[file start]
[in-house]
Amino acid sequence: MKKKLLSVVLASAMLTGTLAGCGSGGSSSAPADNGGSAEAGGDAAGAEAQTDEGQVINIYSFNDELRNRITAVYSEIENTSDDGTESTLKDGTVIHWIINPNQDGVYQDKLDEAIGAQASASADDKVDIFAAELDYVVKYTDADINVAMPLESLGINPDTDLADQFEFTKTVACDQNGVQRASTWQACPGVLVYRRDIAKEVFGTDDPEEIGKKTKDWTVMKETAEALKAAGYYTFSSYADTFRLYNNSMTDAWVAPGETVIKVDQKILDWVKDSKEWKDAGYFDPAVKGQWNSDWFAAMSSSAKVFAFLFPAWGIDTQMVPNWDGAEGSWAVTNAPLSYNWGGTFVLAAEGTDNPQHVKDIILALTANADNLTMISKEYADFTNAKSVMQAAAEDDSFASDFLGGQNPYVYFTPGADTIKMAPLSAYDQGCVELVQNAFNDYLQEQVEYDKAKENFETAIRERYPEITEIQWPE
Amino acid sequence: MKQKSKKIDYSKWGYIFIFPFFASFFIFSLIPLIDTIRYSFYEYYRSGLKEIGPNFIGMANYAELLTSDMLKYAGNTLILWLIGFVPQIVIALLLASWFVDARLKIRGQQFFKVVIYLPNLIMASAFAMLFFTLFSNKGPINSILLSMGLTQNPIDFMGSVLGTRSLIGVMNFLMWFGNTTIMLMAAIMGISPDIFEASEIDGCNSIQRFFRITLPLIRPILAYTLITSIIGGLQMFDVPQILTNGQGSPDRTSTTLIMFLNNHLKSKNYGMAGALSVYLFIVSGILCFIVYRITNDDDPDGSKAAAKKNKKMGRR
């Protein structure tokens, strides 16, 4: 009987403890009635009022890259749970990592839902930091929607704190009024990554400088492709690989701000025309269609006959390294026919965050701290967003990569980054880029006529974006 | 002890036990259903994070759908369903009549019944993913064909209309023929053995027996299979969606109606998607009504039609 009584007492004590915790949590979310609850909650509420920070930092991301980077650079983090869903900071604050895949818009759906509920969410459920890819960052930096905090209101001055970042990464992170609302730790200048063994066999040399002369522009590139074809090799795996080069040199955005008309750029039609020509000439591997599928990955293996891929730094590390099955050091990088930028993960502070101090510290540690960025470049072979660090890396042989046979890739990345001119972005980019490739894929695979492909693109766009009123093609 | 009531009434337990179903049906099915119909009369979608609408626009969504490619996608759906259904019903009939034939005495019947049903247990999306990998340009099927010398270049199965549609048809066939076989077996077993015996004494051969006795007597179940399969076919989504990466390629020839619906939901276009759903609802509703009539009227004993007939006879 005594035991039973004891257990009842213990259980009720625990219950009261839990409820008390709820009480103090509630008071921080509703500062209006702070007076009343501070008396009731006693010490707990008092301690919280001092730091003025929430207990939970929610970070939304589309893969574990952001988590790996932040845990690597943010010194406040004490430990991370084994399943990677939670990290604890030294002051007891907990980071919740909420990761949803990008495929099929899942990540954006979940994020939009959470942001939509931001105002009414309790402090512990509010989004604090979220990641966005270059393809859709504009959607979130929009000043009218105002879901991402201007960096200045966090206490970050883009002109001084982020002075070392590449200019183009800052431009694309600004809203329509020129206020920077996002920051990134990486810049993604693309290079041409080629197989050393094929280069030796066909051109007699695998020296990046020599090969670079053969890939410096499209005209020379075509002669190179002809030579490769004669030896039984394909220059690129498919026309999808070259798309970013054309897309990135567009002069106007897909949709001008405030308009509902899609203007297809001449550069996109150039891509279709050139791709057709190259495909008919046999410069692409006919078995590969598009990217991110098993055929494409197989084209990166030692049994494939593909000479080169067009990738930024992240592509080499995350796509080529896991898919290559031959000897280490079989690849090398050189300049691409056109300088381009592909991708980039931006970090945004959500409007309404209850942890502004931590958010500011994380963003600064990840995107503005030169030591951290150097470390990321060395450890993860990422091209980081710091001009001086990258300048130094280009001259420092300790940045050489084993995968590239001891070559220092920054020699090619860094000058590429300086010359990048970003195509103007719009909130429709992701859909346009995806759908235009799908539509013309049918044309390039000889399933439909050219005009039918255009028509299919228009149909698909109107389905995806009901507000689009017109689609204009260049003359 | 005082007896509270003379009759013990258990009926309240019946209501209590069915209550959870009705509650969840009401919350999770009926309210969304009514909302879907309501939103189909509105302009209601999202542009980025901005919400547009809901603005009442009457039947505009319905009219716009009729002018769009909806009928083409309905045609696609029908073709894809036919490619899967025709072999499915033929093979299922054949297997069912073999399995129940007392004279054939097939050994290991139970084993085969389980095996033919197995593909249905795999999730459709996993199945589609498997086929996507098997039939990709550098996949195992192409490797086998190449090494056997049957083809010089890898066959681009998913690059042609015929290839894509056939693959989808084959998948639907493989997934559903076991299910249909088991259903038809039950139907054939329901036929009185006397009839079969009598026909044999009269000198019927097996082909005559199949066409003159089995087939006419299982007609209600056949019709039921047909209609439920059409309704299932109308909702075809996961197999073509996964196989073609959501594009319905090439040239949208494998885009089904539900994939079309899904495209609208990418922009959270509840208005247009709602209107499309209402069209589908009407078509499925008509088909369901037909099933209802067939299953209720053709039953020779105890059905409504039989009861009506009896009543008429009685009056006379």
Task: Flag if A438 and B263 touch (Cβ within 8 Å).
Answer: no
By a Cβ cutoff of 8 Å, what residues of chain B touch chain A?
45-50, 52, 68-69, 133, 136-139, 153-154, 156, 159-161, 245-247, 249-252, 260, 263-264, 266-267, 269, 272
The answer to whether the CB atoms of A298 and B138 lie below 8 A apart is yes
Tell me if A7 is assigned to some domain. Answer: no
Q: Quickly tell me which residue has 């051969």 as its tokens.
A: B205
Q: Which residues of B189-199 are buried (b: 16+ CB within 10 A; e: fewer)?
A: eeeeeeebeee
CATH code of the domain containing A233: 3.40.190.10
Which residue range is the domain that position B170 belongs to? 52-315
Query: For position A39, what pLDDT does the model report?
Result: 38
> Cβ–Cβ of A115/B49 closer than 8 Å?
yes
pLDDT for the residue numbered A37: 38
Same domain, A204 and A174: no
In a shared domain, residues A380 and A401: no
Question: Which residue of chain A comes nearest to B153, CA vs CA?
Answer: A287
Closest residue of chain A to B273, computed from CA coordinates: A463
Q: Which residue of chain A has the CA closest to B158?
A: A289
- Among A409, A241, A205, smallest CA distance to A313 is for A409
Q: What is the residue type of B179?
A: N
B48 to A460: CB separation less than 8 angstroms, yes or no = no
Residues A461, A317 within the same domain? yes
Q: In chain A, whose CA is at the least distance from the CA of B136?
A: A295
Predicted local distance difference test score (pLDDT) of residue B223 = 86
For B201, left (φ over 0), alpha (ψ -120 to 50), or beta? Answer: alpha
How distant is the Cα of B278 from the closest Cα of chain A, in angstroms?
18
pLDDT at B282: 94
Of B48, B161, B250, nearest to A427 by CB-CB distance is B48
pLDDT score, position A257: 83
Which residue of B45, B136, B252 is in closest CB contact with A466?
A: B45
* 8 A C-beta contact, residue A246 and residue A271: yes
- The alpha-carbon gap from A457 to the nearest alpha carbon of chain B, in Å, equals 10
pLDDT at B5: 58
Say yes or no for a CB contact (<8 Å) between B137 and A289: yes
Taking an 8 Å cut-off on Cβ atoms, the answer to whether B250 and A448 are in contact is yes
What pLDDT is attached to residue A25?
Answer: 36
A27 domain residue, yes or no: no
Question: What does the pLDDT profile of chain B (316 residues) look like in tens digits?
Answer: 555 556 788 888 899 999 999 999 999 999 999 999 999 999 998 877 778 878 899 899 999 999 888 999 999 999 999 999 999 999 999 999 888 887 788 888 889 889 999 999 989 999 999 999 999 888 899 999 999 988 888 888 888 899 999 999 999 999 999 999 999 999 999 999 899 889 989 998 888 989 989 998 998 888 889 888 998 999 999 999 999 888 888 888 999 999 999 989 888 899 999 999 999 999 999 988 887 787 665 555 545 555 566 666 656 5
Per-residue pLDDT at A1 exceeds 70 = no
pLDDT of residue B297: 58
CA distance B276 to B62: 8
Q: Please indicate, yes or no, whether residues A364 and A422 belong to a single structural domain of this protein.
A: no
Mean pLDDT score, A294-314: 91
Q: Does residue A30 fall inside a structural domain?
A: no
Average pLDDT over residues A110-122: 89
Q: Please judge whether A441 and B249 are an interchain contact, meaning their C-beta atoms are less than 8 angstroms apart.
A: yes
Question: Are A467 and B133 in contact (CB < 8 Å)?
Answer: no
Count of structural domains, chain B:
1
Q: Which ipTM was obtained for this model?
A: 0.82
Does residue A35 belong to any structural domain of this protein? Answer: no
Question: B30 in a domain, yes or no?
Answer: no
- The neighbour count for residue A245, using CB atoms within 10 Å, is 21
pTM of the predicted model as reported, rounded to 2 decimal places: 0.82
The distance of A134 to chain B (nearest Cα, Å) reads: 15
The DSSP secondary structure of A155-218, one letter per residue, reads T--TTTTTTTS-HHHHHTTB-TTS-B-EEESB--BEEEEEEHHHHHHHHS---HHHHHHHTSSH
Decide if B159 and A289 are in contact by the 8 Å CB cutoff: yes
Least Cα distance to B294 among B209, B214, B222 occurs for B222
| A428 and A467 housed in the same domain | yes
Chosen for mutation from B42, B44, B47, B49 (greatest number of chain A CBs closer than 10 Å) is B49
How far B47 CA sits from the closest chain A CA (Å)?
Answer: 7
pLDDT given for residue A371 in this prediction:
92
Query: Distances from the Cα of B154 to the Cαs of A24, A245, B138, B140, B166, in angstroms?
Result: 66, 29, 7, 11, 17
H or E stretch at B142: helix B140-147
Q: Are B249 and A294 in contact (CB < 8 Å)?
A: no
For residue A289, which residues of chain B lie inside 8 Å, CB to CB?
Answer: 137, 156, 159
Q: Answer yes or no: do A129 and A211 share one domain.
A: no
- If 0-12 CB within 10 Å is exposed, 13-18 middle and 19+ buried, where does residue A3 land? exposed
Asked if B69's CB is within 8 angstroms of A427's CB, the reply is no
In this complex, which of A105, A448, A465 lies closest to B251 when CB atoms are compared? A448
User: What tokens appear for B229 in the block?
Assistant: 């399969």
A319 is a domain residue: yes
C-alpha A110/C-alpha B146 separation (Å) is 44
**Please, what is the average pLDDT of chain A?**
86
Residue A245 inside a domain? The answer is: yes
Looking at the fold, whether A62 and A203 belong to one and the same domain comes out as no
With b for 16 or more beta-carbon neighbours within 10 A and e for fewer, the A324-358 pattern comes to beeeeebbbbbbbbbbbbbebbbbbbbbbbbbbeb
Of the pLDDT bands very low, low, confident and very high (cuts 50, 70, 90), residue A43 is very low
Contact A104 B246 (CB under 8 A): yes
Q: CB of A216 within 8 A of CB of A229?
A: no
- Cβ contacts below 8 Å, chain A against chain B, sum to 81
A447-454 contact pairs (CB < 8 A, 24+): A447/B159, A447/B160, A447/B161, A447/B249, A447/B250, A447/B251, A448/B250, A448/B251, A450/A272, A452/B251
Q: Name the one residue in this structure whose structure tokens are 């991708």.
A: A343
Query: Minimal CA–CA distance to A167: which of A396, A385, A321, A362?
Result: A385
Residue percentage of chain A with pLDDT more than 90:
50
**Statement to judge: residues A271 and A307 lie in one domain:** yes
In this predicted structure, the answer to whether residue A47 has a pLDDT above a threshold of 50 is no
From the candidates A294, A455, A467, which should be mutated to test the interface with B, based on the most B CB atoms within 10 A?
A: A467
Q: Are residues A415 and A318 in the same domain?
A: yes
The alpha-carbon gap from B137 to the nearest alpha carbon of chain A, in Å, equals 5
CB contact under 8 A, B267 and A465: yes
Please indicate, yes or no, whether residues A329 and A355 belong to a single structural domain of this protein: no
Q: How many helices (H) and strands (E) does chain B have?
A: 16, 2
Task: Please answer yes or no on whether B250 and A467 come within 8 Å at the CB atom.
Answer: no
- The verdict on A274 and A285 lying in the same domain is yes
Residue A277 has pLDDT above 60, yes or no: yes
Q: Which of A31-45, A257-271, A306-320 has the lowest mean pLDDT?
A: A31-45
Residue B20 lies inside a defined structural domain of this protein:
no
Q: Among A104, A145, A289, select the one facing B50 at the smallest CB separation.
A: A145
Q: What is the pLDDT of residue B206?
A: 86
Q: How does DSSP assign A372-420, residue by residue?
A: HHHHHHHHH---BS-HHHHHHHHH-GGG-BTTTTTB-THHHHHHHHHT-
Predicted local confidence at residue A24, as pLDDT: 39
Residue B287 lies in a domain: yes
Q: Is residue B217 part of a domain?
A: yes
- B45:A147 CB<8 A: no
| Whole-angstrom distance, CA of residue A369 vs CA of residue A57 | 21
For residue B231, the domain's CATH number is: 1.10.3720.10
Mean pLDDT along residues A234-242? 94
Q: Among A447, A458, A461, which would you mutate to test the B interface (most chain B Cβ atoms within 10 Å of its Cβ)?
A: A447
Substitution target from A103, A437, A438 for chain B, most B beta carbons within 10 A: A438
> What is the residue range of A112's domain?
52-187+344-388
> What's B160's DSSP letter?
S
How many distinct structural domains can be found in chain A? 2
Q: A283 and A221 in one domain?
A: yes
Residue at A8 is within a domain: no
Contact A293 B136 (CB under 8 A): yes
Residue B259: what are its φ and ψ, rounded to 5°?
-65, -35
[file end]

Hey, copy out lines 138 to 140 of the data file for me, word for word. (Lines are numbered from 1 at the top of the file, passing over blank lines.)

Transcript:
no
Q: Among A104, A145, A289, select the one facing B50 at the smallest CB separation.
A: A145